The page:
Proposed Changes to Texas’ Election Process

Emily Cookby Emily Cook
CRTX News Contributor

The House Committee on Elections, chaired by State Representative Jodie Laubenberg (R-Parker), will be kept busy during the remainder of the 85th Session of the Texas Legislature.  A slew of bills have been filed on both sides of the political aisles proposing changes to Texas’ election process.

Several bills take aim at the lengthy timetable of Texas’ primary election cycle.   House Bill 1683 by State Representative Pat Fallon (R-Denton) and House Bill 288 by State Representative Mark Keough (R-The Woodlands) reduces early voting by a week.  Currently, Texas primary voters have two weeks in which to vote early prior to Election Day.  

House Bill 533 by State Representative Mike Schofield (R-Katy) moves the primary runoff date to the second Tuesday in April, instead of the fourth Tuesday in May.  As the regular primary Election Day is in early March, the primaries are currently held almost three full months after voters first headed to the polls. Such a lengthy delay is not helpful; many voters forget an election they cared about is still ongoing, turnout decreases, and the cost of campaigns increases significantly. Moving the runoff date up is a smart move across the board.

When a local governing body holds bond elections, these elections are often stand-alone elections. A bond election asks taxpayers to approve or disapprove proposals for the governing entity to raise taxes and use the additional revenue to fund a certain project.  The most common bond elections revolve around local school districts.  House Bill 212 by State Representative Drew Springer (R-Gainesville) and Representative Schofield would require all bond elections, except those for municipal utility districts, to be placed on the November ballot.  Requiring bond elections to appear on the ballot with other mainstream elections increases voter turnout, allowing for a more representative cross-section of the taxed population to participate in the approval or rejection process.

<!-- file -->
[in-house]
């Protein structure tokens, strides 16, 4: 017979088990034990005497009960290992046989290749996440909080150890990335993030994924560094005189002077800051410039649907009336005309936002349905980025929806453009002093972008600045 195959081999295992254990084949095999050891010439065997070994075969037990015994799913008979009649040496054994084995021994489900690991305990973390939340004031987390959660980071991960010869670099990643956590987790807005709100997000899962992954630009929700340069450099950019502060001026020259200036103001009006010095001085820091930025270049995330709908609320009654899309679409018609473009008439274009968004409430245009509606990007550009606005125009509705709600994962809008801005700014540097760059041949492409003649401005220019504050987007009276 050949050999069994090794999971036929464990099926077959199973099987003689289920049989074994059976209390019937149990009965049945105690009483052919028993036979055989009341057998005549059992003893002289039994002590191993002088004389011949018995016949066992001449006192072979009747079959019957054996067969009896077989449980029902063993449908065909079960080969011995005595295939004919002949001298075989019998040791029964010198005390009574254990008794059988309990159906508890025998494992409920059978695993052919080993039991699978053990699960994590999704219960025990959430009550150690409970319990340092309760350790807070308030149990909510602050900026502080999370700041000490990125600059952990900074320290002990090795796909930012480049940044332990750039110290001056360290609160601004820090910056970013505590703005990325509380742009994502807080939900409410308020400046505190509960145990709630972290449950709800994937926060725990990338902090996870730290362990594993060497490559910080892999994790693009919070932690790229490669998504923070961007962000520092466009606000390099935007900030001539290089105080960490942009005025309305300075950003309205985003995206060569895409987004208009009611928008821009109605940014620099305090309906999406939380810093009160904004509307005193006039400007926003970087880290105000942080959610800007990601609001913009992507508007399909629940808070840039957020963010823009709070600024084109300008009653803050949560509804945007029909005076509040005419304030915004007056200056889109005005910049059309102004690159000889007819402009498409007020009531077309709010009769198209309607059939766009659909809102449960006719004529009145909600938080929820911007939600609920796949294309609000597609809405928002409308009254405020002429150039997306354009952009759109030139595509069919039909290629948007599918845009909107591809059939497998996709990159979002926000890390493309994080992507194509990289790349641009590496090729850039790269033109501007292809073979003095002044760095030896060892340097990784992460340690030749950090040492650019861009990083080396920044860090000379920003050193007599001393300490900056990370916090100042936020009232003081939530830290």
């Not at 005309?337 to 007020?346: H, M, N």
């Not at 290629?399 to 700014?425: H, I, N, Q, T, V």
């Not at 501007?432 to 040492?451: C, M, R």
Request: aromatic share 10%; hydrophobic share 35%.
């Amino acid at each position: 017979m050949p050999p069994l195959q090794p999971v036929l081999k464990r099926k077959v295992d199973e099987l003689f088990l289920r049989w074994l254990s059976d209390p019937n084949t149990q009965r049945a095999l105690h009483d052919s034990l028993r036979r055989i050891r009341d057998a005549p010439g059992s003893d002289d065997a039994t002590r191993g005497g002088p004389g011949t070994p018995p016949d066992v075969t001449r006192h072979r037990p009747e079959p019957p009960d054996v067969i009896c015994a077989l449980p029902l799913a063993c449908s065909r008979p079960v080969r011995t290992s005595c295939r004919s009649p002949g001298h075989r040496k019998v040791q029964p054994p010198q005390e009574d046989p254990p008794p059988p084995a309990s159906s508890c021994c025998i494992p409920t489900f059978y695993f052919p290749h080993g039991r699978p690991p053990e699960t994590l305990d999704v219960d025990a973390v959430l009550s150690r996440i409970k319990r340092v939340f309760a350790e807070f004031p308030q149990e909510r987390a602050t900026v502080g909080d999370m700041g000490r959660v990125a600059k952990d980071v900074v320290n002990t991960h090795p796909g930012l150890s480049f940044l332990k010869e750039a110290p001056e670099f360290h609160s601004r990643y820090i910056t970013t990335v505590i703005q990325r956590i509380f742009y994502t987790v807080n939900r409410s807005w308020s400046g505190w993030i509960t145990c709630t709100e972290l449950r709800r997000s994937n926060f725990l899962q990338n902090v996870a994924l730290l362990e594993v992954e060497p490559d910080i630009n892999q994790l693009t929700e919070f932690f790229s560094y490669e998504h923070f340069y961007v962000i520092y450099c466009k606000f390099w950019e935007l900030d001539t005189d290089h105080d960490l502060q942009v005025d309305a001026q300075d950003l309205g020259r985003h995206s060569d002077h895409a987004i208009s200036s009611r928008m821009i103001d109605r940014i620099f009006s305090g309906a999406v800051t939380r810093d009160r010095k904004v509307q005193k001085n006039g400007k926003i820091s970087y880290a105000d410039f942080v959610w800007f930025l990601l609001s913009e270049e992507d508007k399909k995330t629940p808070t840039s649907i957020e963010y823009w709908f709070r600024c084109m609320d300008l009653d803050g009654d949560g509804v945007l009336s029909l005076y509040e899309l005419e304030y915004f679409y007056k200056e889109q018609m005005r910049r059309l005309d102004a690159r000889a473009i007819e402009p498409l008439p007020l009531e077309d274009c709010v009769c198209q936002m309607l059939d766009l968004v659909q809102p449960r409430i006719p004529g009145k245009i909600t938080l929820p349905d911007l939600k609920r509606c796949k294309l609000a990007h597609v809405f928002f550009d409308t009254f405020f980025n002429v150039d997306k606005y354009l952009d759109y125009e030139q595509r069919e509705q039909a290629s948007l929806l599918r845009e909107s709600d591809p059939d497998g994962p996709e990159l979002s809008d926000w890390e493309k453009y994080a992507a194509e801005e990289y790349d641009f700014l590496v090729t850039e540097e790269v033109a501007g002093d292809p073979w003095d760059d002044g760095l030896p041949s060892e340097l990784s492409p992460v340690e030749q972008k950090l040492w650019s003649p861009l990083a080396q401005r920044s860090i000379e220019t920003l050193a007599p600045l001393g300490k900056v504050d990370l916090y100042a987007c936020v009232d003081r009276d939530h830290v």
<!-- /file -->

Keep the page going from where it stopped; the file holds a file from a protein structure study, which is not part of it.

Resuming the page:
Texas operates as an “open-primary” state.  An open-primary state allows voters to participate in any party’s primary without having to pledge allegiance, or membership, to a particular political party.  Such a system allows Democrats to vote in Republican primaries for the least conservative candidate, and vice versa.  Across Texas, liberal candidates emerge in the Republican primary dressed as conservatives to unsuspecting voters (who mistakenly think a candidate would not lie about their political preference), only to have the area’s leading Democrats quietly whispering behind-the-scenes for Democrats to vote in the Republican primary, helping the masquerading candidate.  Such a situation played out in the immediate past election cycle for House District 60, whereby the chair of the local Democrat party was revealed to be encouraging Democrat candidates to drop out of the Democrat primary, leaving no contested races on their ballot so members could legally vote in the Republican primary. Luckily, the actual Republicans won, and Representative Mike Lang (R-Granbury) now proudly represents House District 60.

Many bills have been filed in the Texas House of Representatives to move Texas from an open-primary to a closed primary state.   These bills include House Bill 1072 by Representative Lang, House BIll 1061 by Representative Matt Rinaldi (R-Coppell), House Bill 1347 by Representative Fallon, and House Bill 1353 by Representative Matt Shaheen (R- Plano). If any of these measures are successful, Texas primary voters would first be required to register as a member of the political party in which a voter seeks to cast a vote, and allowed to only participate in that party’s primary process.  

Under the dome of the Texas Capitol, the greatest threat to liberty and freedom does not come from liberal Democrats, but rather from liberals masked as Republicans.

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